This book contains black and white scans of each of the tarot cards in this deck, each of the Greater Powers has an extensive explanation, with archetypal and divinatory meanings, and there are comprehensive write-ups on the Lesser. The template for this deck are the Celtic myths and early mediaeval stories of King Arthur and the Round Table. Spear, Grail, Sword and Stone are the 4 Hallow suits and each have traditions, correspondences, archetypes of Kings, Queens, Knights and Maiden of four castles all described in a good level of detail.
Each card is a doorway to the Otherworld. Rituals, exercises, games, meditations and shamanic journeys provide complete initiatory system, a new way of using tarot which deepens understanding and experience. Correspondences between titles and traditional tarot is provided, such as The Seeker in the Wasteland is The Fool, Marlin is the Magician, The Lady fo the Lake is the High Priestess, Guinever is the Empress, Arthur the Emperor. It is possible to use this as a workbook. The work was inspired by Gareth Knight's Servants of the Light course. There are chapters on ethics, the language of symbolism, information on the 'Matter of Britain' and who Arthur was in myth. Users will need to work with the deck and study the material. It is important to know the storyline presented.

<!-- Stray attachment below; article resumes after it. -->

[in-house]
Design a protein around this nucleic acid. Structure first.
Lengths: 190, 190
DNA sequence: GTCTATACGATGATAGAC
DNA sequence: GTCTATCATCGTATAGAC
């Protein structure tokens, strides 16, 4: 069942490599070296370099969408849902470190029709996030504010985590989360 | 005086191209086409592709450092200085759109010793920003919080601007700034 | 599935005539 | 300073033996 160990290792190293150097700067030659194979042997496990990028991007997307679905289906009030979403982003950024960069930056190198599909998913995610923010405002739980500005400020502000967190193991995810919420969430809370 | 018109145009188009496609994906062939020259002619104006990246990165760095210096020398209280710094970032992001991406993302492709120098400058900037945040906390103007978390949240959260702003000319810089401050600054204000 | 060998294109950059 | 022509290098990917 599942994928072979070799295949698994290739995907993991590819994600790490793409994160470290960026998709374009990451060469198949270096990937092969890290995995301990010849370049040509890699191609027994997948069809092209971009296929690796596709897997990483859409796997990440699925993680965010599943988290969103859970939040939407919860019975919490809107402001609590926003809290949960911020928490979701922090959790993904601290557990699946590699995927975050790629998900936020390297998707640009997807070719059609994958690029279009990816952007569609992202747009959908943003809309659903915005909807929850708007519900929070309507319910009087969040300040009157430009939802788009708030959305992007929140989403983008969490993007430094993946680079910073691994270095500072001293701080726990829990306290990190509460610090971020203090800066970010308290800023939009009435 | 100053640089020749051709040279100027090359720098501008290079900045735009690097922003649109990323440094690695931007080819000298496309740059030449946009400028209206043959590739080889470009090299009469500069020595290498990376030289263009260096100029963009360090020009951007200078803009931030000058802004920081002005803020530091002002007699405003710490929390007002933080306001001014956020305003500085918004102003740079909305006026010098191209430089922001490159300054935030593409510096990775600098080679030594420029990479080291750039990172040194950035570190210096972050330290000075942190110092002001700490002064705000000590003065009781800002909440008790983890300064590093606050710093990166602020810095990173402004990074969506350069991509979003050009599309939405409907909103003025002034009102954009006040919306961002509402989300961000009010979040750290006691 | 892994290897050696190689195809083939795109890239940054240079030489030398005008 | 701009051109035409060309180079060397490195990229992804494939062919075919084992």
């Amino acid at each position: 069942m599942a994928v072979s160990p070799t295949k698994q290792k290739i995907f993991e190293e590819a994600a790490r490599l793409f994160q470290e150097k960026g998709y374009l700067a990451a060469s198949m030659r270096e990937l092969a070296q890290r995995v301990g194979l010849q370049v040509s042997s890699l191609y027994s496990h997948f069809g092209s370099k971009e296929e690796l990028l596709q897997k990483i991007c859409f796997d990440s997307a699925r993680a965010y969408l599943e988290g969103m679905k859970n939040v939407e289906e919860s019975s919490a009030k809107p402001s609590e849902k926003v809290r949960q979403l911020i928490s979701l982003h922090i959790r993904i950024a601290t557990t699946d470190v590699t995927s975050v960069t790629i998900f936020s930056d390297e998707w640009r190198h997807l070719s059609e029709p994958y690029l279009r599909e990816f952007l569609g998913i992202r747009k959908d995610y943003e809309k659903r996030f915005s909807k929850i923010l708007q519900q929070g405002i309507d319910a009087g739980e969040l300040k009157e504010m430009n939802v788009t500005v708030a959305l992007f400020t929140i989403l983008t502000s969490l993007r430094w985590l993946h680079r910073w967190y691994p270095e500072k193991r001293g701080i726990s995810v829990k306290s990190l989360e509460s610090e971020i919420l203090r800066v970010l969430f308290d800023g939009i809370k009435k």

I have chosen ‘Merlin' to illustrate the beauty of the artwork and the depth of explanation. This card is numbered 1 and shows Merlin as a mature and centred man of influence and power, preparing the way for Arthur. Above his head are red and white dragons, locked in combat. Behind his right shoulder is the crumbling castle of the unworthy King Vortigern; behind his left, is a dwelling, created for him by his sister with which to see the heavens. He is looking at a map which is laid out a stone table with the four Hallows, the Sword, Spear, Grail and Stone Chessboard. Merlin was born of an earthly mother and Otherworldly father, giving him knowledge of both physical and non-physical realms. He does not use his power to manipulate but to balance and mediate, to intuit and take wise action. It was foretold that the safety of Vortigern's castle could only be achieved if the blood of a child with no father was sprinkled upon the foundations, and this put Merlin in great danger. However, Merlin proved that the crumbling castle was due to the warring dragons.
Card IV is titled ‘Arthur’, a card of leadership, authoritative energy which wields power for the benefit of all, organisation, community and self-sacrifice. The image shows Arthur, as a combination of a dark-age battle lord, God hero of the Romano-British and caring Christian King. He is sitting on a stone throne on a mountain top. He carries a dragon flag and his sword, Excalibur is resting on his lap. A Cornish chough perches nearby. As Arthur leads his army into the underworld of Annwn to rescue Gwenhwyfar from her faery abductor, he encounters the Goddess of Sovereignty. He must accept her challenge and avoid pursuing his own desires. When he is dutiful, he receives support from the Goddess and, as she is his Foster Mother, she instructs him in the ways of Kingship and life wisdom. Her promises for this commitment is that she will provide him with a wife and receive him on the last day of his earthly life and deliver him safely to the isle of Avalon.
I enjoyed this book and it enhanced the use of the Arthurian Tarot deck immensely. Fabulours artwork and rewarding depth of tarot philosophy. Review: Wendy Stokes